• How do you configure the queries?

    The Smithsonian’s Open Access portal is the easiest and most comprehensive way to see ways you can configure your own query.

  • Are there restrictions on the queries?

    Yes, Open Access collection is a database run by the Smithsonian. Like all databases that open their access to third party products and applications, they need to limit how many times organizations request information. Open Access follows the US government's guidelines to enforce limits. See their agency manual for more information.

    In addition to rate limiting, Writing with Open Access also only displays artifacts that are marked as Creative Commons Zero (CC0). This is a license called “No Rights Reserved” for free use in personal and commercial settings. For more information on CC0, see the Creative Commons site.

4. Filter results

At this point in the life of a keyword, the application has a list of results from the Smithsonian which is associated with a keyword. These results, up to 50, are filtered for the application to select an image to be displayed on the right side of the collage interface. First, the application removes results that do not have dimensions information, like an artifact’s width, height, and depth. It then filters out results that do not have a working image. Before selecting an image, the application tries to remove duplicate images from other keywords. The application then randomly selects a result from the pruned list. This result has all the information needed to display an image in relative size to the other images in the collage interface for you.

Questions & Answers

  • Are there many artifacts without dimensions data?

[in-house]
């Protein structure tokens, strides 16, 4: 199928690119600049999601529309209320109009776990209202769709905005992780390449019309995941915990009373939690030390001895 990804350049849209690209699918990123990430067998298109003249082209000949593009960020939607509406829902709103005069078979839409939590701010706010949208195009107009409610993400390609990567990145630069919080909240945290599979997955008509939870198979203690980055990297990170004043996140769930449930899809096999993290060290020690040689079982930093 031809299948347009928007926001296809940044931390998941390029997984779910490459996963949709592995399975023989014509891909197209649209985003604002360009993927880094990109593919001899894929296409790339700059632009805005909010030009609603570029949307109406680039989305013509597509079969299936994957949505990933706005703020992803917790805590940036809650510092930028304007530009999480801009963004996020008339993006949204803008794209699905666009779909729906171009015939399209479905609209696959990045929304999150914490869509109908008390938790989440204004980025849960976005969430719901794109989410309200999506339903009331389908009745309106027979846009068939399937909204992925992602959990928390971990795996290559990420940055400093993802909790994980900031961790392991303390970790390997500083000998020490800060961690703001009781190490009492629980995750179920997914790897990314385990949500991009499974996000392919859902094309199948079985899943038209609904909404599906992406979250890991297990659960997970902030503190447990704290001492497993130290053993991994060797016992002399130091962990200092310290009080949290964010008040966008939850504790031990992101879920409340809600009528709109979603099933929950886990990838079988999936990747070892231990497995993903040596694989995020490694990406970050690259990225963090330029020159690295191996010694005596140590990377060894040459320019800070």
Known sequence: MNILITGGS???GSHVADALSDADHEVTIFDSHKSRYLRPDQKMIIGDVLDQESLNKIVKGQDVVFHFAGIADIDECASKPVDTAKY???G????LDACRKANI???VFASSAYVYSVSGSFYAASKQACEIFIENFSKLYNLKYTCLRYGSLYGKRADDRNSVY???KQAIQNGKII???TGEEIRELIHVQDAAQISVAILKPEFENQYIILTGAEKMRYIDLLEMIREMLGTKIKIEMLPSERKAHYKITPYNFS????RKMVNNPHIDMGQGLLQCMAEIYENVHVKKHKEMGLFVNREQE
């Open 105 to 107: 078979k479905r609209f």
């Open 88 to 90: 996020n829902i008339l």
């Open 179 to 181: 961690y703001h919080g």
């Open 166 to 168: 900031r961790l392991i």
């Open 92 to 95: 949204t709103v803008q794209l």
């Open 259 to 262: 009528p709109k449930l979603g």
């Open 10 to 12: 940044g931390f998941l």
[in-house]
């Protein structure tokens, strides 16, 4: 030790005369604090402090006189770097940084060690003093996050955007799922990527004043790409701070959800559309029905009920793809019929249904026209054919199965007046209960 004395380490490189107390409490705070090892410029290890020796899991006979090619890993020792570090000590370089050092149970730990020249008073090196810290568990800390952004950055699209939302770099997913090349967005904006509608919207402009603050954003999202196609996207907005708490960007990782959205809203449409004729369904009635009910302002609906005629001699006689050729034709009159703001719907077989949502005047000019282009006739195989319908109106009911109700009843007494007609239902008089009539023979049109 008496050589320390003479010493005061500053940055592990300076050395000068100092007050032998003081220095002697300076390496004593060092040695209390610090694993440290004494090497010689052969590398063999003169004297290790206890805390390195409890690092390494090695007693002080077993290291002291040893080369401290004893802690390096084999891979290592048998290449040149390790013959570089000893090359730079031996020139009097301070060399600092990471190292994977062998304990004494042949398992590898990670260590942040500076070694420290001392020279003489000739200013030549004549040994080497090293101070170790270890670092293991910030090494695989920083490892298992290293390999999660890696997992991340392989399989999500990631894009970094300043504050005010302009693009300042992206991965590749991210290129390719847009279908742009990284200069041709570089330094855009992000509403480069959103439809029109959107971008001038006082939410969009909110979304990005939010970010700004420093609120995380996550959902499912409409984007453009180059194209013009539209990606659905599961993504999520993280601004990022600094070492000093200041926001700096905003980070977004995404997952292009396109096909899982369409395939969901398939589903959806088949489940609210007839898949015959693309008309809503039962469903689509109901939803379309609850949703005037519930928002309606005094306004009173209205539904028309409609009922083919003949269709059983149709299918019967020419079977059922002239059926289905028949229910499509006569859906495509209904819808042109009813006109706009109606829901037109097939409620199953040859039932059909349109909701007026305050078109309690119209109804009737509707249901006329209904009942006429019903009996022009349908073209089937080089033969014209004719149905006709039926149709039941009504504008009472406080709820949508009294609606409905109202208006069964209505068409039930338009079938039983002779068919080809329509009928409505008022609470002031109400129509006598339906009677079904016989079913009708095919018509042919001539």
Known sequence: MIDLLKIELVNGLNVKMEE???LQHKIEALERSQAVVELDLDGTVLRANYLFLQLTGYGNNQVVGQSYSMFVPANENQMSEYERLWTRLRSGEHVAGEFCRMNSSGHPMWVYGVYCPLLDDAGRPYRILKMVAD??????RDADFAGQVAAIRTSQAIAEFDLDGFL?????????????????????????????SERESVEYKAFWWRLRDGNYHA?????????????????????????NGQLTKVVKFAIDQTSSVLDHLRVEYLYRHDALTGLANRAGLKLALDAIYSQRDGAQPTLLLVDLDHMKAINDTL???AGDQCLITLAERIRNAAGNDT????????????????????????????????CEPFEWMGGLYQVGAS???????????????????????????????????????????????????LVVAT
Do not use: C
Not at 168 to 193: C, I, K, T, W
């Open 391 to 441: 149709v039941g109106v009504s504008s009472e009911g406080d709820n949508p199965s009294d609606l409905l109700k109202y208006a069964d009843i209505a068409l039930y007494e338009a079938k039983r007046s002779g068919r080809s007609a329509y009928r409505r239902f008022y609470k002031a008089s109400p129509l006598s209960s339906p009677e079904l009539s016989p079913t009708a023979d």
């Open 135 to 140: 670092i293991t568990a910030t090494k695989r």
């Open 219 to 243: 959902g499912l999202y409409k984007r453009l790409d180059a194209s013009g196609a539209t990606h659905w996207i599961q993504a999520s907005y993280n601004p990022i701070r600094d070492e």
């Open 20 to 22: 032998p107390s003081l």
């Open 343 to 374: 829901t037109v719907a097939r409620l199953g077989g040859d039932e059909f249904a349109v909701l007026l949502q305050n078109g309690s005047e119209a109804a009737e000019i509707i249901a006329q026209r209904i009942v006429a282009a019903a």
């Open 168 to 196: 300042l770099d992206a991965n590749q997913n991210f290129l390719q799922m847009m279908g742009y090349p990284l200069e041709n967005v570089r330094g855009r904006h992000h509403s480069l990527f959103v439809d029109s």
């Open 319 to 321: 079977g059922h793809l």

Yes, there are many, but not exactly known how many, artifacts are missing dimensions.

  • Why are the results randomized?

    This is a creative liberty the team took. Results are randomized to promote the feeling of wandering and discovery. In a previous test, each word returned the same image and duplicate words would use subsequent images from the results list. While this is a clear system in writing, it is not evident in the final interface presented to you. Further, it was noted by the advisors of the Activating Smithsonian’s Open Access grant that the same results made for a more static experience. The team’s aspirations are to bring the spirit of going to the museum to you through this interface. Therefore, the act of wonder and discovery took priority over presenting images in a more hierarchical and analytical manner.

  • What other attributes are commonly added to artifacts?

    You can see a full list of attributes over at Smithsonian’s Open Access API Developer Documentation page.

  • Why are there duplicate images?

    While the application tries to remove duplicates, it does this by using the unique identifier provided by Open Access. Each museum part of the Smithsonian has their own identification nomenclature. As a result, there are certain artifacts that exist in more than one place in the Open Access database.

  • What does “randomly selects” mean?

    Every browser has a random function that when called returns a value between zero and one. This value is then multiplied against how many results the application can choose from. The new value represents the index of the result in the list. Thus a result is chosen. While not truly random, each browsers’ implementation is different and this method provides a simple way to introduce the idea of chance to interactions.

5. Place images

Entering the final step, the keyword now has an associated result connected to it. With this result, the application fetches the image and places it in the collage interface at a scale relative to its dimensions based on the other artifacts’ dimensions in the collage. In addition, every image is wired up to be clickable to display its’ result data. Lastly, when an image does not have a description, it is processed through Microsoft’s Image Description service. This description is added as the alternate text (see alt text) to the image for people experiencing the application through screen readers. The result of this step adds one image to the collage.